At the completion of the Italy-Costa Rica match in Group D in Recife, half of the 2014 World Cup group games (24 of 48) had been played. There have been expected victories for some nations, big upsets for others – Adios Spain! Bye-bye England! – and more goals than most fans would have expected. So who could have forecast this? Actually, a huge variety of ‘experts’, forecasters, theorists, modelers and systems have tried to predict the outcome of this tournament, from Goldman Sachs to boffin statistical organisations. In his second post for Sportingintelligence, and as part of an ongoing evaluation of rates of success (click HERE for Part 1 and background), Roger Pielke Jr sorts the best from the rest.
20 June 2014
With Costa Rica’s surprising victory over Italy the group stages have reached their halfway point, with 24 of 48 matches in the books. There is still a lot to be decided and the same goes for the World Cup prediction evaluation exercise that I’m tracking. But like the World Cup itself a few pieces are starting to fall into place.
For background detail on the 11 different prognostications we are tracking, see the original piece; but their identities are clear enough in general in the updated prediction league table (below), which is starting to show some spread.
The FIFA Rankings and Andrew Yuan are sitting at the top with 16 correct outcomes from 24 games. The naïve forecast that I chose to use as a threshold of skill, based on transfer values, has slipped into last place alongside Infostrada and the FT.
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The spread across the methods in matches picked correctly is only three games, which would suggest a chance for those behind to catch up. I was curious about this so I created a crosstab showing how many of the 48 matches that each method has in common with each of the others. It shows that catching up is possible, but the opportunities are limited.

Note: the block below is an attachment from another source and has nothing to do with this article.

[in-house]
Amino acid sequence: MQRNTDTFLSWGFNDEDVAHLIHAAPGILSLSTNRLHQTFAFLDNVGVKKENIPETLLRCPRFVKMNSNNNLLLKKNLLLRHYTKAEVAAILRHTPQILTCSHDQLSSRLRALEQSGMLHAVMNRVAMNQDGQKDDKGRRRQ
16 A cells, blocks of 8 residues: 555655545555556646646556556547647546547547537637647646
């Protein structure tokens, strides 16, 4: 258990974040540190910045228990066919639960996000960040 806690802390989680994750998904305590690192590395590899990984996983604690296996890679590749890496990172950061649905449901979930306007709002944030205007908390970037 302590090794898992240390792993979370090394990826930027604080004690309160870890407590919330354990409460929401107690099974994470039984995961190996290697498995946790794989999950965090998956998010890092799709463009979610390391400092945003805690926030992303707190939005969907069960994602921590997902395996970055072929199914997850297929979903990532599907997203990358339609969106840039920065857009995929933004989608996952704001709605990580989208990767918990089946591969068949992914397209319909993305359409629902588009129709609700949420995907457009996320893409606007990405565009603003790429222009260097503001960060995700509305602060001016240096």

I was surprised to see how many matches are in common across the methods. For example, across the 48 group stage matches the approach based on estimated player transfer values has between 36 and 42 matches in common with each of the 11 prediction methods that I am tracking.
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On the one hand, this makes sense as the powers in world football are generally the same independent of methodology. If the top eight teams across the groups are each predicted to win their group stage matches, then that alone accounts for 24 of the 48 total matches. But on the other hand, skillful prediction means outperforming a simple approach, so it should be fully expected that a skilled method would be able to identify some of the opportunities for upsets.
For instance, several of the methods lost all of the matches played by Spain and England, including the transfer value baseline. Were those games inherently unpredictable? Or do they reflect a fundamental conservativism in the methods? In an alternate universe where England won their first two matches, the FIFA rankings would trail the transfer value approach, and the Elo ratings would be out in front all alone.
The FT method (which to be fair, was designed to say something about players not teams) has the greatest deviation from the other approaches, with Goldman Sachs not far behind. These approaches thus have offer a much wider spread of predictive outcomes, which could mean a big improvement on the baseline approach or a big degradation.
Prediction entails risk, and most methods have taken very little. It is well understood in studies of risk that we’d rather take a high probability of being right or wrong with the crowd, rather than stick our necks out and risk being wrong on all on our own. The World Cup predictions would appear to bear that out.
The two leaders thus far are the FIFA Rankings and Andrew Yuan. This is not surprising as they have 47 out of 48 Group Stage matches picked identically. Their ranking against each other will be decided by a single match. This raises an important question with relevance far beyond the World Cup or sports: what is the point of a complex prediction methodology that essentially replicates a simpler, readily available index?
None of the methods are able to outperform the FIFA Rankings – thus far – providing some good evidence of their value in ranking teams. There are 24 group matches left to play, and no doubt more surprises are in store. However, the results so far indicate that while there is a lot of entertainment value in the World Cup predictions, there is little evidence of value added.
The next update will come after the 36th match, Croatia vs. Mexico on Monday. Stay tuned.
Roger Pielke Jr. is a professor of environmental studies at the University of Colorado, where he also directs its Center for Science and technology Policy Research. He studies, teaches and writes about science, innovation, politics and sports. He has written for The New York Times, The Guardian,FiveThirtyEight, and The Wall Street Journal among many other places. He is thrilled to join Sportingintelligence as a regular contributor. Follow Roger on Twitter: @RogerPielkeJR and on his blog